Remember when Cowell was the most bankable TV star in the world?

In cooking, the angry genius was Ramsay, a complete antithesis to most celebrity chefs at the time. Before, celebrity cooks and chefs would be very friendly genial people. But not Ramsay. In the documentary Boiling Point, he caught the imagination of the British public for being an angry perfectionist, someone willing to be the nastiest piece of work going as long as it made the service perfect. While he has shown in recent years he is actually much nicer than he was filmed as in his early years, his reputation as the swearing, angry chef will probably never go away.

Kitchen Nightmares is not Ramsay at his angriest. That would be left for Hell's Kitchen, the reality show where cooks compete in order to impress Ramsay. But this show still showed some prime angry genius material. For the bulk of the first part of the show, Ramsay will tear into anyone who listens. And if you give an excuse, it’ll tear into you even more. Ramsay usually got his angriest though when anyone questioned him. That’s when he threw his experience at them in an uber rant. It’s what makes the show work. In the end, most people can point to the general problems as to why a restaurant isn’t working. I could visit one and tell you whether the food is rubbish or if the service takes too long. But because I have no experience in the restaurant trade, I wouldn’t know how to fix it or be taken seriously at all. Even though Ramsay has had his failures, you can’t really dismiss him saying your risotto is rubbish. Though many do try.

Defending this risotto is classified as a hanging offence in some nations

In the end though, the genius Ramsay will always prevail. The restaurant will be changed, owners kicking and screaming if need be, and that final service will be a success. It is easy to forget that the vast majority of the restaurant Ramsay has fixed have actually shut down, some alarmingly soon after he has been there. Of course, it’s usually a bit more grey than that, sometimes the owners were too far into debt to be saved or they just went back to their old ways after the show stopped filming. But the show cannot act like that’s a possibility, else Ramsay not seem like the angry genius he is. Whenever the show does mention that a restaurant has closed down, usually in its revisited programmes, it will always make sure to tell you that it is not Ramsay’s fault.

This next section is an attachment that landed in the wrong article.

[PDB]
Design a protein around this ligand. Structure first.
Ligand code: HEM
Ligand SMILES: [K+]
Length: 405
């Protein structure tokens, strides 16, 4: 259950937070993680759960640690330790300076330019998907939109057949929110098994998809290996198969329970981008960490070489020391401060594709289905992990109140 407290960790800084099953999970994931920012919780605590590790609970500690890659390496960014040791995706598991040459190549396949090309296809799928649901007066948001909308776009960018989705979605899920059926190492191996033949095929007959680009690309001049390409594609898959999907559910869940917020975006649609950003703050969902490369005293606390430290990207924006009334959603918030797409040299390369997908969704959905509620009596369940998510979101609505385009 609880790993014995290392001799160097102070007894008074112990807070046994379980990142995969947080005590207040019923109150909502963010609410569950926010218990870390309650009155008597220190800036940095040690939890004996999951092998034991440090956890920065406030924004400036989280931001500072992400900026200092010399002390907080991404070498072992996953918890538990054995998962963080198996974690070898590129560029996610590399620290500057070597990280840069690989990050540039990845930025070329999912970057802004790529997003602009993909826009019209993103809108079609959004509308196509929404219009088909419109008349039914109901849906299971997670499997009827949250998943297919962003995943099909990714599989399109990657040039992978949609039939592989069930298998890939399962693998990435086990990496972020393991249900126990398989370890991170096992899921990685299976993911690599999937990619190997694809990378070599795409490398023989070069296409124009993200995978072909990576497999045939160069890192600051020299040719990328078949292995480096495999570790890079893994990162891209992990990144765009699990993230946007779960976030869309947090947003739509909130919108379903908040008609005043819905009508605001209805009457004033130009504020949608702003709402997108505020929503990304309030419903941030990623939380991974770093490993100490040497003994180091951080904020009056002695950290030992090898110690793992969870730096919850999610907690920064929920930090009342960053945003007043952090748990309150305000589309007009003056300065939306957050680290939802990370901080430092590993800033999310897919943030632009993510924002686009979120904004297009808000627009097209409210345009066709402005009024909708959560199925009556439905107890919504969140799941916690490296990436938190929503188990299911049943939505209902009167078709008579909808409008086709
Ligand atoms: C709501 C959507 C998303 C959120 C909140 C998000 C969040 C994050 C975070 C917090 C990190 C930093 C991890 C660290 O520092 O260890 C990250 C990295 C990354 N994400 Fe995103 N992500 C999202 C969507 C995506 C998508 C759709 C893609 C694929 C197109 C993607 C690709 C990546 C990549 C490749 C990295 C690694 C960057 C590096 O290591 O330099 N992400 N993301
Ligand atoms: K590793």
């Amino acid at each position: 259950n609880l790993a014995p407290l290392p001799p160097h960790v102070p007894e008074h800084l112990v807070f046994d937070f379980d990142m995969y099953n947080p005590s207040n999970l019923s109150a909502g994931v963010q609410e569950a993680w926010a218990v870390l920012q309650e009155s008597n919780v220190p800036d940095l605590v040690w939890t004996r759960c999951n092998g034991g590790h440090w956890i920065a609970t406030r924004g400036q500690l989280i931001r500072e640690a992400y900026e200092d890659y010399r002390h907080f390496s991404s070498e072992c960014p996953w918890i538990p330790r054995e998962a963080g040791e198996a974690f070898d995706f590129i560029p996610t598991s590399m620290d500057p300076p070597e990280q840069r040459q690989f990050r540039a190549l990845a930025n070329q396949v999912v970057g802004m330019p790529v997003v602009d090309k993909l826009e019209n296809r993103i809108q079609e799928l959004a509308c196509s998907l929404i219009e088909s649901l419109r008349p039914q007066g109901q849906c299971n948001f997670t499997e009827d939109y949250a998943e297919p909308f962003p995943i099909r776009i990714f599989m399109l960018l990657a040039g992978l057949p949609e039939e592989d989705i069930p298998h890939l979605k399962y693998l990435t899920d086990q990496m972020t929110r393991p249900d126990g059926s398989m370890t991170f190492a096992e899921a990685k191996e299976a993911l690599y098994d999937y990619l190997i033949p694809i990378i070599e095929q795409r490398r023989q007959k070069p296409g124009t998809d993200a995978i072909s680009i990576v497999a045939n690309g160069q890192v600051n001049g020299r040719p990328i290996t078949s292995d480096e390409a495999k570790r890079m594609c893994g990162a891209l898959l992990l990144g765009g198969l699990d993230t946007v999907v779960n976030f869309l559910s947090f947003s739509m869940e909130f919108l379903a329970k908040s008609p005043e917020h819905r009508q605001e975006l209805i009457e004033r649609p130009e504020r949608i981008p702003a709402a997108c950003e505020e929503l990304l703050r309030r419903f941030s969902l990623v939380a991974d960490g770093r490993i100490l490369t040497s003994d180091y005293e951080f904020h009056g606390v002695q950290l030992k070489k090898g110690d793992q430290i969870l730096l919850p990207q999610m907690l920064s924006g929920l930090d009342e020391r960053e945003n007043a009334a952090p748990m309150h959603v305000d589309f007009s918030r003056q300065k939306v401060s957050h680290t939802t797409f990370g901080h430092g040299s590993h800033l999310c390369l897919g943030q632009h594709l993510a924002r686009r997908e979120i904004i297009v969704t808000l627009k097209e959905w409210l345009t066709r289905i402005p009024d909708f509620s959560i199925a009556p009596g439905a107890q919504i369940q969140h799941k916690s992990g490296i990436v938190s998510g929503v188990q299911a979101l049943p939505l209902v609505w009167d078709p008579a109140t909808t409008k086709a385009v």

For some, the rigid formula Kitchen Nightmares makes it unwatchable. Knowing every scene before it happens it’s not enjoyable for them and that’s fair enough. For those people, there is the British version, i.e. the original. While the American Kitchen Nightmares is great crap TV, the British Kitchen Nightmares is legit good television. It is less beholden to a formula and is willing to get into much more detail about the restaurant business. Ramsay will teach the owners there about haggling at local markets in order to make the average meal cost down and also on how you make the average spend per customer higher. This sort of detail is missing from the American version. It’s not always a happy ending either. Sometimes the final service in the British version will be rather rubbish and Ramsay will come out and say he doesn’t hold out much hope.

Shout out to Mama Cherri’s on the British Kitchen Nightmares, the one place where Ramsay loved all of the food

But I think that’s the reason that I actually prefer the American Kitchen Nightmares. There’s comfort to the formula and despite the fact it is filled with anger, tension and pointless sound effects, there’s something really life assuring about it. That’s because one of the messages all of these fix-it shows have is that it doesn’t matter how much of a disaster things are, things can always be fixed. Your restaurant can be serving the food equivalent of diarrhea, have service that’d make a slug look quick and a kitchen that looks like Garbage Island but in just a few days, it can be sorted and things be on the right track again. Yes it will take hard work, the show never shies away from that, but it’s possible.

In a world which increasingly looks like a disaster, buying into the show’s world view that an angry genius can fix everything is just something I, and probably a lot of people, need right now.



A Guy Who Talks About Movies

Former Head of Movies for Screen Critics. Film Reviews now hosted on Medium.